The tabla player now explained that this young Greek had shown a remarkable ability to use and adapt his own more oriental traditional musical mannerisms to empathise with the melismatic Indian ragas. And indeed, after a faltering start, with lots of embarrassed but nonetheless devastating smiles into the audience, young Yorgos (who else?!) joined in the oriental dreams of the Indian ragas, providing a soaring top line of moody meanderings to the more meditative musings of the sitar, while the table player imposed some rhythmic discipline over the sinuous strands of music that might have otherwise soared off heavenwards. It was absolutely sublime. The courting couple next to me had slipped down onto the floor by now, totally blissed out by the innate sensuality of this spiritual experience. What it is to be young, untroubled by the natural fusion of the physical with the spiritual! But the experience was by no means only for the young, even though the audience is always mostly made up of university students and a few die-hards like me.

The gig finished with a short, intensely tuneful, lyrical raga, and 1 was truly swept off my feet and floating up towards nirvana when those in the know started to hum along with it, ever so gently, looking transfixed. Apparently, it was Mahatma Ghandi's favourite raga, and every Indian person in the audience knew it, of course.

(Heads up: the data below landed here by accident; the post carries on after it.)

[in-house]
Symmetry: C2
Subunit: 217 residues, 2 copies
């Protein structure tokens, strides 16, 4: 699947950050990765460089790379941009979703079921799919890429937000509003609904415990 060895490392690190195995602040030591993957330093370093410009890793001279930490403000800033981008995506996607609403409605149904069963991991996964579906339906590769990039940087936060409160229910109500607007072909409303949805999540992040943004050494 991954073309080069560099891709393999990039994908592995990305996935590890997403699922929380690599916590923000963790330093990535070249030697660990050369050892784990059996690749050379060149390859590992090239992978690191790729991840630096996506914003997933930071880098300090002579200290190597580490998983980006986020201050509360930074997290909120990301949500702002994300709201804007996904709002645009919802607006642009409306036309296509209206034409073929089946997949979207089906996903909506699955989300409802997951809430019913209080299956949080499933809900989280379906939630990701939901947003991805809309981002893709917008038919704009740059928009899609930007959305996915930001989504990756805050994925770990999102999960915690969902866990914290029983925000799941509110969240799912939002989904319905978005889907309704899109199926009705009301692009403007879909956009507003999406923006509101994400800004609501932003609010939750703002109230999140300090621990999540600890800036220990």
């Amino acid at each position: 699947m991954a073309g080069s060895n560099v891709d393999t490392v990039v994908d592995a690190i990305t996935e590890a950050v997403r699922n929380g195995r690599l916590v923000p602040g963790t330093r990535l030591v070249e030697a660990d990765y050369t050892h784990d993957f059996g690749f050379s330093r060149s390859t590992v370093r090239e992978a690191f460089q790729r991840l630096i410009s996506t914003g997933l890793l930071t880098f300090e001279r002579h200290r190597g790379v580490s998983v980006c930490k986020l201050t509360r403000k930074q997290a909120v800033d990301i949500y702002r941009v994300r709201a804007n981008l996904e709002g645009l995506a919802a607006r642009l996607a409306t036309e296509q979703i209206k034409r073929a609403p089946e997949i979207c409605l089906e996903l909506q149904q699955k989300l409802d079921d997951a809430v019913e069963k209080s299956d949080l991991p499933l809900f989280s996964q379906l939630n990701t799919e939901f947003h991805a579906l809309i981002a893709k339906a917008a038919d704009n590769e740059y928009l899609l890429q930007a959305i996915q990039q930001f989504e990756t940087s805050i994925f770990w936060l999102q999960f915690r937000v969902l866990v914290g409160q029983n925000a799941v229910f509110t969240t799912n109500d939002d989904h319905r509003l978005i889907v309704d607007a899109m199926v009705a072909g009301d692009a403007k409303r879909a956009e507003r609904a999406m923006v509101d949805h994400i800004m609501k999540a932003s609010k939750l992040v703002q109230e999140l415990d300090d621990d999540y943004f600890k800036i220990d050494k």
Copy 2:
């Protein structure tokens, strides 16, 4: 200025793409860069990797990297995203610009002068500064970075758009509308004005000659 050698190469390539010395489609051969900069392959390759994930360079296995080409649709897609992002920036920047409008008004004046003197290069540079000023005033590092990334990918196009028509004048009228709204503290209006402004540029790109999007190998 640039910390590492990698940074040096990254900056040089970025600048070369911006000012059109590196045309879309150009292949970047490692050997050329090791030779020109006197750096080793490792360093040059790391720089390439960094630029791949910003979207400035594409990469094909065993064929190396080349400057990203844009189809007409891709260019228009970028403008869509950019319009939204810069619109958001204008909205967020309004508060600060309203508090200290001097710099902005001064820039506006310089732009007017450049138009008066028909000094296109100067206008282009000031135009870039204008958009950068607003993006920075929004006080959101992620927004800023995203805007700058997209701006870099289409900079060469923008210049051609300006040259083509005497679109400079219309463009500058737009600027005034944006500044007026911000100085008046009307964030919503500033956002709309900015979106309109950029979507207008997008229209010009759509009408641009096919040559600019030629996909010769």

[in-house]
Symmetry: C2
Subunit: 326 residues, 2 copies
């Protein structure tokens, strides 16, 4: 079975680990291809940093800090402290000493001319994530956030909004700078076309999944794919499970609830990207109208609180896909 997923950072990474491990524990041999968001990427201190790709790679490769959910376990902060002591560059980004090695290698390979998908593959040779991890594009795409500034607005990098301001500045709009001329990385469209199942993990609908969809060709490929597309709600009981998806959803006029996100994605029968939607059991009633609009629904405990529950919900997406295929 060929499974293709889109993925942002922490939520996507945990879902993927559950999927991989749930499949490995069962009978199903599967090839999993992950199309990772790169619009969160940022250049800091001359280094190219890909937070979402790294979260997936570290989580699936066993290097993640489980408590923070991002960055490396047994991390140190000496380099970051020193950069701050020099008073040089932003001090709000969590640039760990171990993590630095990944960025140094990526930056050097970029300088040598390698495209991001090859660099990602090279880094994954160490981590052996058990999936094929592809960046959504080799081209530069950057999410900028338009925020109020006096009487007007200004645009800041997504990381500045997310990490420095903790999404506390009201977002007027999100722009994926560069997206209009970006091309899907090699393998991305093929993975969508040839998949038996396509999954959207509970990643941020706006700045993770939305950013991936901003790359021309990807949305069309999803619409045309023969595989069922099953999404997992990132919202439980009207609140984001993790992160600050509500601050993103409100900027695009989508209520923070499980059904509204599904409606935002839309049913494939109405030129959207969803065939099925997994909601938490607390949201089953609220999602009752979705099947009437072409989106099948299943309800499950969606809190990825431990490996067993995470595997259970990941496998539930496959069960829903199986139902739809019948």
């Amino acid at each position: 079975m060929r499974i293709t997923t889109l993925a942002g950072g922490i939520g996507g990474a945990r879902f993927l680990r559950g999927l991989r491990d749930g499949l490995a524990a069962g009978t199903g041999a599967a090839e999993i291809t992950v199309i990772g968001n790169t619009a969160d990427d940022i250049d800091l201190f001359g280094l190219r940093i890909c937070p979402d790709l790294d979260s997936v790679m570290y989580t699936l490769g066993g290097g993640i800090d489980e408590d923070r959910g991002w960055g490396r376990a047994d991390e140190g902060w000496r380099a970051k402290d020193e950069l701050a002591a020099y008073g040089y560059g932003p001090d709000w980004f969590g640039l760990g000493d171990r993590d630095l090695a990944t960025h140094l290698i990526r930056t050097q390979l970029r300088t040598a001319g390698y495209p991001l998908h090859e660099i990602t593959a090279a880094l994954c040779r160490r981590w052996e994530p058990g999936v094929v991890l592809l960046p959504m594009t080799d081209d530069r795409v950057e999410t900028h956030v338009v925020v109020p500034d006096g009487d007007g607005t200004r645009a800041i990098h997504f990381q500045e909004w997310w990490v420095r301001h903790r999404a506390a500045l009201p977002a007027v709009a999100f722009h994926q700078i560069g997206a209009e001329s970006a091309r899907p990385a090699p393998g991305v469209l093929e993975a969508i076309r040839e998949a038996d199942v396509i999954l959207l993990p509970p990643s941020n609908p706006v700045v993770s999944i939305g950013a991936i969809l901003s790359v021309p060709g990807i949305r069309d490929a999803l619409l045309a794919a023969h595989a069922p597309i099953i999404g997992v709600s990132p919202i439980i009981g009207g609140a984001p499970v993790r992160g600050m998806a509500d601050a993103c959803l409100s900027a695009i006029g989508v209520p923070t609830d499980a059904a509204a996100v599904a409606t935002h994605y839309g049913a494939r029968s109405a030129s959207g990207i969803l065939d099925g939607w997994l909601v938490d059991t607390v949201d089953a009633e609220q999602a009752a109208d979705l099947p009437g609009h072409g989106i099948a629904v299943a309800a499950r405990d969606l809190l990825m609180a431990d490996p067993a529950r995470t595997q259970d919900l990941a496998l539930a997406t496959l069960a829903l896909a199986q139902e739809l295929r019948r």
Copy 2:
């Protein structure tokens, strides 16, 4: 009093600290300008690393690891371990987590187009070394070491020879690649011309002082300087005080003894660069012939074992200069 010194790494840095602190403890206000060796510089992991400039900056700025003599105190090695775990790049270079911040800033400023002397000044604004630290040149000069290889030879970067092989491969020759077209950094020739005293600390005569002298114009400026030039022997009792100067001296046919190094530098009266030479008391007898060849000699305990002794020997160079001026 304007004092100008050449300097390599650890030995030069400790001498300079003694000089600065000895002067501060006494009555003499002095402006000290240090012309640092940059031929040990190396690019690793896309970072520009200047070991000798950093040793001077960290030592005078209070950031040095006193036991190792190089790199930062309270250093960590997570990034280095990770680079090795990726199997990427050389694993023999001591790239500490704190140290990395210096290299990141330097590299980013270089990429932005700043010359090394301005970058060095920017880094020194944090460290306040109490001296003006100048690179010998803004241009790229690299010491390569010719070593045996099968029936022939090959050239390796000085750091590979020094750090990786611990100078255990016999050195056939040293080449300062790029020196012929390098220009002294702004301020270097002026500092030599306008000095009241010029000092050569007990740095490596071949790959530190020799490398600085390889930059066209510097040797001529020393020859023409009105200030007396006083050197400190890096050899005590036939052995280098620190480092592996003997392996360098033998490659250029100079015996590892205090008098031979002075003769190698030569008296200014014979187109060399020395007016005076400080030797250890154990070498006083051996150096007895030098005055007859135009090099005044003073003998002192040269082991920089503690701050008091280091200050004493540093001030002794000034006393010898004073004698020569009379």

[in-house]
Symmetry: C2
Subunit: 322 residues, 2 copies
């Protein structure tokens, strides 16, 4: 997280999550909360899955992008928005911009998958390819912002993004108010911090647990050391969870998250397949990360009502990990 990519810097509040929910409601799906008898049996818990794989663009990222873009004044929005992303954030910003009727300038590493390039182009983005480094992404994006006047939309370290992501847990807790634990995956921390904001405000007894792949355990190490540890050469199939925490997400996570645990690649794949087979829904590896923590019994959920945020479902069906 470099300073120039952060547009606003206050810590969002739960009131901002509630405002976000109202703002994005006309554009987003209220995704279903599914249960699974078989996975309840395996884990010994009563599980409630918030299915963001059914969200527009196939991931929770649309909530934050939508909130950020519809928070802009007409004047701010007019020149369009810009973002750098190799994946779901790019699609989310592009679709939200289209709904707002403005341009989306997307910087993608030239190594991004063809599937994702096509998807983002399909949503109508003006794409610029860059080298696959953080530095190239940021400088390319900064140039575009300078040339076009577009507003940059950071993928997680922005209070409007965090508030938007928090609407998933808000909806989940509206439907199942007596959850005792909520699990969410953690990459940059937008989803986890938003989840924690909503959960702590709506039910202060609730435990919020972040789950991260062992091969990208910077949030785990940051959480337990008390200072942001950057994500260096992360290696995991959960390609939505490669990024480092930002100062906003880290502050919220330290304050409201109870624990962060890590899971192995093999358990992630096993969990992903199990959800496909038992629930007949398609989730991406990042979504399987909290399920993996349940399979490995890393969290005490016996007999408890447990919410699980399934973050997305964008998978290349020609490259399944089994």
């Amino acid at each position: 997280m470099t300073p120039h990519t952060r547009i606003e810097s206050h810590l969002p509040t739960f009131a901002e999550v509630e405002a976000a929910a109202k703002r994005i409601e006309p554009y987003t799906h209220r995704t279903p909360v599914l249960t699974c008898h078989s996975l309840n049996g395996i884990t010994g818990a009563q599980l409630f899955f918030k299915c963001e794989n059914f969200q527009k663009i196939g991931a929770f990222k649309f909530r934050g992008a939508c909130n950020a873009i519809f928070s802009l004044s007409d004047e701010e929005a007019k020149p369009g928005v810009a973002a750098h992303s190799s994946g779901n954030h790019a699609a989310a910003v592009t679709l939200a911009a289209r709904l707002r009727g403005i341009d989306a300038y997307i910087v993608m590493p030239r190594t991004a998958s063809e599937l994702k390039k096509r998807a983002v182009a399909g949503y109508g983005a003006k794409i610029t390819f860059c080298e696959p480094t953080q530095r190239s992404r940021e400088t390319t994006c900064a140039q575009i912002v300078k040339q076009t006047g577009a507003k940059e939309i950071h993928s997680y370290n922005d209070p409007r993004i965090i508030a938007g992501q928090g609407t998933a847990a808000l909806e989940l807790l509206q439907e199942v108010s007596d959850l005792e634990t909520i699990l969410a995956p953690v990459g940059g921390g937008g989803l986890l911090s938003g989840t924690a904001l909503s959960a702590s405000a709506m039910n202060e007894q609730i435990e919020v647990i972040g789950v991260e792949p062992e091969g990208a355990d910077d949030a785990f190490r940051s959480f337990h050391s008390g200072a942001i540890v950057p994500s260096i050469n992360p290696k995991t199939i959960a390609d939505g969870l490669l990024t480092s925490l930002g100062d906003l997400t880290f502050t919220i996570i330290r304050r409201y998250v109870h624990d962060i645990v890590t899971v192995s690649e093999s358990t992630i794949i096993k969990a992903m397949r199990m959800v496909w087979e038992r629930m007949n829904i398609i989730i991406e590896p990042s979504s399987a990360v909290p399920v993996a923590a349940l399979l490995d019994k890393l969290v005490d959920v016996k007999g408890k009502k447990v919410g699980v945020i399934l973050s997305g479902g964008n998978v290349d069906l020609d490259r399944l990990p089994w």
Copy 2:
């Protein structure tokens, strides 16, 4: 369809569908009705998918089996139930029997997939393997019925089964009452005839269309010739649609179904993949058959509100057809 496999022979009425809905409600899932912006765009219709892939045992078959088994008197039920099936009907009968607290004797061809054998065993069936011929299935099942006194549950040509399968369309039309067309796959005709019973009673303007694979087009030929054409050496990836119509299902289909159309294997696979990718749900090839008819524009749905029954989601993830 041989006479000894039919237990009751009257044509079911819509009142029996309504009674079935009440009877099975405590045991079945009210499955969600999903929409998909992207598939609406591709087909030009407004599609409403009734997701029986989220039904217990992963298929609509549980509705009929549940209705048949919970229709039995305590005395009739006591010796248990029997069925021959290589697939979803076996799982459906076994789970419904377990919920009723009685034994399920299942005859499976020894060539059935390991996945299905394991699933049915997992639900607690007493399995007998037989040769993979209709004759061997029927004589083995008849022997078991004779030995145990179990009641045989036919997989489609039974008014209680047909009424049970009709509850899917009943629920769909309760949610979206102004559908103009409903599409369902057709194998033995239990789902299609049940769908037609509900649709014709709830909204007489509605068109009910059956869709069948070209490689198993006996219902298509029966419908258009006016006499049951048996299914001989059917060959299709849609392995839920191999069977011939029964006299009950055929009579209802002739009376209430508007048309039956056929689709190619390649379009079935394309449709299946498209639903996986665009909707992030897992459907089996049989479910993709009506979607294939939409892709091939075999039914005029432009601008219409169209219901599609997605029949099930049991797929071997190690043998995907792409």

When they had finished, the audience sat there as if caught in a trance, unable to get up or come down from wherever they had been spirited to; only when these three magicians actually unceremoniously left the stage, did the people rip themselves up into a standing ovation, shouting for more and more and more.

When the tabla player made a joke, asking if we'd like to hear a late-night raga which would go on for about 70 minutes, people roared with approval, even though it was 11pm already. The poor man from the Kent and Canterbury had misjudged his audience completely - in fact, disastrously, because people did not want to leave after a mere and modestly simple repeat of Ghandi's favourite tune. And that was it! No more!

I, too, sat there as if paralysed - wounded by the searing beauty of the music - for quite a few minutes too long beyond the due time to get up and leave, and there was such a great feeling of fraternisation and all-embracing humanity in the audience that people smiled at each other with unbridled generosity. It was better than any drug party of the 60ies could have been. And it was obviously better than sex, if my neighbours were anything to go by. Turning to me, the bohemian looking boy-friend of the randy girl next to me said, to my utter surprise, if not quizzical consternation, that he looked forward to seeing me again at such an uplifting experience.

And I thought it was his girl-friend who would provide for the uplift!